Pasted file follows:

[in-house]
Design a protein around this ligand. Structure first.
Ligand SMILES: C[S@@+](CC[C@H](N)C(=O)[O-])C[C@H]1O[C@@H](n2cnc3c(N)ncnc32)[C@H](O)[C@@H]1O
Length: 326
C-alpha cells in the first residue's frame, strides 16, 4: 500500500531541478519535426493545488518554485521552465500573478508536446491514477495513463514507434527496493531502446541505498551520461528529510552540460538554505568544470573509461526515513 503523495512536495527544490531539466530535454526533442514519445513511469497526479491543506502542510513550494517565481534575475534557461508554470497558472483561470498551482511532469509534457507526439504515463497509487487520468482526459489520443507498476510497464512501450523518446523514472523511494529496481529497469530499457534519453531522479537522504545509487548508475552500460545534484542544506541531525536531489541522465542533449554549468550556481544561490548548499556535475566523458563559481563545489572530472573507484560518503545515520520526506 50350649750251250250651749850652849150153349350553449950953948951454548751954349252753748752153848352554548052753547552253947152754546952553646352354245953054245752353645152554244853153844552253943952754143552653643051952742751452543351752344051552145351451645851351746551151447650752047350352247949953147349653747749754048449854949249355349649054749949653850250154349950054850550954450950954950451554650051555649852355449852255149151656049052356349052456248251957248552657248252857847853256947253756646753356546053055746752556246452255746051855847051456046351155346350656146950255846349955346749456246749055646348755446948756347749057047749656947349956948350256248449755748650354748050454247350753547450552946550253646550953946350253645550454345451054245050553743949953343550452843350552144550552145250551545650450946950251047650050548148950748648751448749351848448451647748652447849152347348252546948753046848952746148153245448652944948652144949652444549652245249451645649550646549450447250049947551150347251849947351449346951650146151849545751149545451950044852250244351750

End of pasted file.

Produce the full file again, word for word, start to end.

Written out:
[in-house]
Design a protein around this ligand. Structure first.
Ligand SMILES: C[S@@+](CC[C@H](N)C(=O)[O-])C[C@H]1O[C@@H](n2cnc3c(N)ncnc32)[C@H](O)[C@@H]1O
Length: 326
C-alpha cells in the first residue's frame, strides 16, 4: 500500500531541478519535426493545488518554485521552465500573478508536446491514477495513463514507434527496493531502446541505498551520461528529510552540460538554505568544470573509461526515513 503523495512536495527544490531539466530535454526533442514519445513511469497526479491543506502542510513550494517565481534575475534557461508554470497558472483561470498551482511532469509534457507526439504515463497509487487520468482526459489520443507498476510497464512501450523518446523514472523511494529496481529497469530499457534519453531522479537522504545509487548508475552500460545534484542544506541531525536531489541522465542533449554549468550556481544561490548548499556535475566523458563559481563545489572530472573507484560518503545515520520526506 50350649750251250250651749850652849150153349350553449950953948951454548751954349252753748752153848352554548052753547552253947152754546952553646352354245953054245752353645152554244853153844552253943952754143552653643051952742751452543351752344051552145351451645851351746551151447650752047350352247949953147349653747749754048449854949249355349649054749949653850250154349950054850550954450950954950451554650051555649852355449852255149151656049052356349052456248251957248552657248252857847853256947253756646753356546053055746752556246452255746051855847051456046351155346350656146950255846349955346749456246749055646348755446948756347749057047749656947349956948350256248449755748650354748050454247350753547450552946550253646550953946350253645550454345451054245050553743949953343550452843350552144550552145250551545650450946950251047650050548148950748648751448749351848448451647748652447849152347348252546948753046848952746148153245448652944948652144949652444549652245249451645649550646549450447250049947551150347251849947351449346951650146151849545751149545451950044852250244351750